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Journeyman: Thanks kingjj. I agree, the IPCA is busy and minor issues probably should be referred to the police. I guess I'm a bit cynical about police investigating their own, though. It'd be interesting to know if anyone here has experience with doing that.

Ultimately, the reason I went to the IPCA is because of this on their website:

The Authority independently investigates very serious cases, such as those involving fatality or an allegation of serious misconduct.

The Authority may also independently investigate incidents in which there is a significant public interest in having an independent investigation ? for example, an allegation against a senior Police officer.

Other complaints ? the majority ? are referred to the Police for investigation and resolution under the Authority?s oversight.


So I knew it would be passed straight to the police but they would then have to answer to the IPCA as well as me.


I can see your reasoning is sound and it worked out for the best! My comment wasn't targeted at you personally, more just a generalised narrative on how the system works. The IPCA has pretty strict criteria that must be meet for them to investigate, most complaints are referred straight back to the Police or to lawyers (for the "they arrested me but I told them I didn't do it" type complaints...).

For once I actually agree with the general tone of a NZHerald article (Cops on the Wrong Side of the Law, 07/01/12, online) when they quoted Greg O'Connor:

"Police Association president Greg O'Connor said the figures clearly showed that police don't look after their own - in fact they do the opposite.

"If there were no police officers being arrested and charged ever, I think the public would have rightfully more concern that there was covering up.

"No one who has had anything to do with police - particularly lawyers who look after police officers - would ever say anything other than they're absolutely and utterly thorough."


The New Zealand Police aren't perfect, but they are working hard to live up to the public's expectations. They are only human however and like everyone they make mistakes or push their luck once too often. According to recent public polls (excluding one dubious poll that gets quoted a bit at present) trust in the Police has been growing year on year since the dawn of the Millennium, and hopefully it will continue. For that trust to continue to grow, Police need to show that they are no longer an "old boys club" and are confident and justified in their actions.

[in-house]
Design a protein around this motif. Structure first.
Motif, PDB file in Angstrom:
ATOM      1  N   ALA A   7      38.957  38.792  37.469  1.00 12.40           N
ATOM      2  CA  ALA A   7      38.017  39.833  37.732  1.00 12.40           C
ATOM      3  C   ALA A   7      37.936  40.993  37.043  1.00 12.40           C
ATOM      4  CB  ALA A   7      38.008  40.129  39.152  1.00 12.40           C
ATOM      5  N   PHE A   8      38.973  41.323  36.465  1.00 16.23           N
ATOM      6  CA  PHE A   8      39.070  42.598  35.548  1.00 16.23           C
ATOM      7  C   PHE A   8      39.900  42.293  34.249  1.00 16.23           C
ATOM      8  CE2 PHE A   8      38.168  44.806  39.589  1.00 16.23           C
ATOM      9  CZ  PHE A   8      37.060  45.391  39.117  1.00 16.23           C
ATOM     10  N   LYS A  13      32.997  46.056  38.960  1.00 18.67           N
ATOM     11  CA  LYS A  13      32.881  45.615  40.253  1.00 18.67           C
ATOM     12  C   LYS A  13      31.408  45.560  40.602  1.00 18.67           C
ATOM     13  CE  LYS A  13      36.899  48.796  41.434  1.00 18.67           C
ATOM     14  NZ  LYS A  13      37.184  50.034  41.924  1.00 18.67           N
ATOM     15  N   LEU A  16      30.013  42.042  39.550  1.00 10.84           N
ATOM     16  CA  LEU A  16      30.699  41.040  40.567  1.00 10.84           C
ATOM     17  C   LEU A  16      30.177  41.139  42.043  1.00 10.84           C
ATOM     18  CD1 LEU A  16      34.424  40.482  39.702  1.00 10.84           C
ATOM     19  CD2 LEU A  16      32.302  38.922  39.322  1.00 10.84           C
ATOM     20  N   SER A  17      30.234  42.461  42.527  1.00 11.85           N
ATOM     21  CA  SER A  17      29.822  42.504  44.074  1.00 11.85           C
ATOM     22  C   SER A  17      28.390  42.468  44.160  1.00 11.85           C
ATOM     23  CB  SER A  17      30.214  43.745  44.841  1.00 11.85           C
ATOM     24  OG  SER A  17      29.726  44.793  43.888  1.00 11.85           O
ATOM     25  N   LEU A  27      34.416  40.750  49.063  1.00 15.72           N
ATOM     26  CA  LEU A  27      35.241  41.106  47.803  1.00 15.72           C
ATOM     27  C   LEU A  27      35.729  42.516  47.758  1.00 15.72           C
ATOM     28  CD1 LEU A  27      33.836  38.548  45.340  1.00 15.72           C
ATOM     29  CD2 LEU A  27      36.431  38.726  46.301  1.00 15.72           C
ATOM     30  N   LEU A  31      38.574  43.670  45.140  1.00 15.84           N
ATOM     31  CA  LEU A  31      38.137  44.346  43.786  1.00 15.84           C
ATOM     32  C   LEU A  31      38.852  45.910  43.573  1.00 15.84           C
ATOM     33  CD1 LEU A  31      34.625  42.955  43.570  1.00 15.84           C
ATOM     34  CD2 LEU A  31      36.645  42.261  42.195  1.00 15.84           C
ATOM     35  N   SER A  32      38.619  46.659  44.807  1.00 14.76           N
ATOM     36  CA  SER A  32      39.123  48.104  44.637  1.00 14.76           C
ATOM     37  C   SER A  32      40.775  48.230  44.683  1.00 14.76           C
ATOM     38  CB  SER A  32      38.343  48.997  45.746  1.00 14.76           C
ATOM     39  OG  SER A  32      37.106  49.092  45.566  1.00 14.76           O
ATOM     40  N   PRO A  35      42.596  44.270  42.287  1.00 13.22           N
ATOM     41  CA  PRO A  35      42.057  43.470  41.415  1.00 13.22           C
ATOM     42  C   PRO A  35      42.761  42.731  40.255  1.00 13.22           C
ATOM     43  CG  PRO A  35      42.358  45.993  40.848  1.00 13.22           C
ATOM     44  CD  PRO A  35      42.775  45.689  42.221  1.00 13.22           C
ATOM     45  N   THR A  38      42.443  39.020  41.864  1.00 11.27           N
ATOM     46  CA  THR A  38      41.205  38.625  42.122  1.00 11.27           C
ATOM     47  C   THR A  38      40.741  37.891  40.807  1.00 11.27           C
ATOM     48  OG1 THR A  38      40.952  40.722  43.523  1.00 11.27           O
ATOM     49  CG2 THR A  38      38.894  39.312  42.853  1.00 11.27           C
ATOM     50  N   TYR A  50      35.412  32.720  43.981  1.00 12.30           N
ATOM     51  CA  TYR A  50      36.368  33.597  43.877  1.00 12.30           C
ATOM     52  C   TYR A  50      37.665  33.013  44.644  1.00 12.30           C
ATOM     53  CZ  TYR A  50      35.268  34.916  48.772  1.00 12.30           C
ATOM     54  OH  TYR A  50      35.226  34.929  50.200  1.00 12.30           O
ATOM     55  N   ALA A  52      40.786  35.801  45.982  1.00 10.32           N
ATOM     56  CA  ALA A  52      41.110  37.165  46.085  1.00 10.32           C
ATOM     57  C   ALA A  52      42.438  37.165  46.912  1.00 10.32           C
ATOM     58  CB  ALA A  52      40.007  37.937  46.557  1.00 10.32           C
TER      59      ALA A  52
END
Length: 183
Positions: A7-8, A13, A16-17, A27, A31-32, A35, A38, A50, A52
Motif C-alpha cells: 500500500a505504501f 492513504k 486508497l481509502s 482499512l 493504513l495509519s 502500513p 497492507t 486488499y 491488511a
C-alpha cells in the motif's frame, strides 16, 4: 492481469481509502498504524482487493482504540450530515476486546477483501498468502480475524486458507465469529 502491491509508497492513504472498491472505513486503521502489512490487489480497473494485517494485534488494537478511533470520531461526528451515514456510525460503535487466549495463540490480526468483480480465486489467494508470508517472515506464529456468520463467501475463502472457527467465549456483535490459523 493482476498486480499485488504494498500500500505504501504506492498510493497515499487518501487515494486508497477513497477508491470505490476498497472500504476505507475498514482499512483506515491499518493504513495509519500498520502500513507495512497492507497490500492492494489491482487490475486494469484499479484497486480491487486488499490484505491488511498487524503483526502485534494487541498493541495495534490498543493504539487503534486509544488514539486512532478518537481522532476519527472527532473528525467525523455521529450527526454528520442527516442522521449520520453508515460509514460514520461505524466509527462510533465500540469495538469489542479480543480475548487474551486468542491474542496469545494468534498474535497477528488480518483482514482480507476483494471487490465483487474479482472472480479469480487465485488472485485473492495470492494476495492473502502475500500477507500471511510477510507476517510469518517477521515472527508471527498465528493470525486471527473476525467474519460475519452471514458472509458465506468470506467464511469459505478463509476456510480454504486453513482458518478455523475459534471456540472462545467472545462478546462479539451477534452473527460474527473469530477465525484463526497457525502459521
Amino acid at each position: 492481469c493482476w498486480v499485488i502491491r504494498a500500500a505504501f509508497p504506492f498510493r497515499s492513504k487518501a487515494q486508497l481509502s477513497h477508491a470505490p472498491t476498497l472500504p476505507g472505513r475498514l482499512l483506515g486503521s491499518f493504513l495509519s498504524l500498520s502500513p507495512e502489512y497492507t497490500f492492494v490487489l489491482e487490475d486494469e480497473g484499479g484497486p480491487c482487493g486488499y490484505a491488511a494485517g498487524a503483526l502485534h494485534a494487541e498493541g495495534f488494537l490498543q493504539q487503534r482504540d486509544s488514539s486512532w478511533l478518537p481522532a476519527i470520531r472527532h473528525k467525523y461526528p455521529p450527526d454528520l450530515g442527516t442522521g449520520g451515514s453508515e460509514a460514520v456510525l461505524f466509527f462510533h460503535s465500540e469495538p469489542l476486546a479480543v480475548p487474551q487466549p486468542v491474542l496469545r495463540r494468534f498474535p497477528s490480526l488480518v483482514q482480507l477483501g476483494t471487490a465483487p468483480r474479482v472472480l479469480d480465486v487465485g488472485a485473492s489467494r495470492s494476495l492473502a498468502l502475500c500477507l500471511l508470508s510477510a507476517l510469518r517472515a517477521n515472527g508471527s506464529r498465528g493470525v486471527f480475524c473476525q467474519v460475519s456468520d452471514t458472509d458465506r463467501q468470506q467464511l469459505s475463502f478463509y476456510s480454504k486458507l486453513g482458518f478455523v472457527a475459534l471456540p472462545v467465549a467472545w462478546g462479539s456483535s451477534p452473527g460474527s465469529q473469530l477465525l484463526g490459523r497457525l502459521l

Thanks for an interesting debate qwerty7.

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  Reply # 741260 7-Jan-2013 19:50
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qwerty7:
Journeyman: ..deleted...discouraged.

Great comment. At the start of the thread I thought police had to have lights and or sirens when breaking the speed for a reason. Looks like I am wrong. I estimated this cop was doing about 63 using the figure on my speedo and the rate of increasing distance between us. I have no intention of making a formal complaint or such, the road was empty, long straight and before 8 in the morning. It simply made me question why should I as a citizen be able to be ticketed for doing 56 km/h in a 50. If I got a ticket for doing 56 km/h in a 50 I would not be too happy as I know almost for a fact that the officer has probably reached 56 km/h in a 50 k zone himself within the last 24 hours without any real reason apart from speed variance, nobody can keep their speedo bang on 50 and not go a km over all the time. I also hope that no cop or citizen continually drives 10 km/h over the posted speed limit.


The essence of you question seems to by why cops can break the speed limit if they are not going to a job and you cant.

Cops cant break the speed without a defence, ie urgent duty, and if they get caught (and they do get caught both by speed cameras and other cops (yes its true, cops do ticket cops)) they get a ticket - just the same as you get a ticket. So to answer you question, no cops are no different to you.





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  Reply # 741329 7-Jan-2013 22:45
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Dratsab:
qwerty7: in police uniform 

Now things make more sense - why did you decide to leave out this piece of information until page 4 of the thread?

The reason I suggested you had no idea who was driving was because of the lack of this information - I take it you realise it's not only cops who drive cop cars?

oh ffs why do you have to question what i saw the thread title reads 'Followed a cop doing 63'. Unless you were there too and have reason to doubt it was a cop I see no need why you have to question if it was or not. It has nothing to do with the topic and is a waste of thread space. 



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  Reply # 741330 7-Jan-2013 22:47
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bigal_nz:
qwerty7:
Journeyman: ..deleted...discouraged.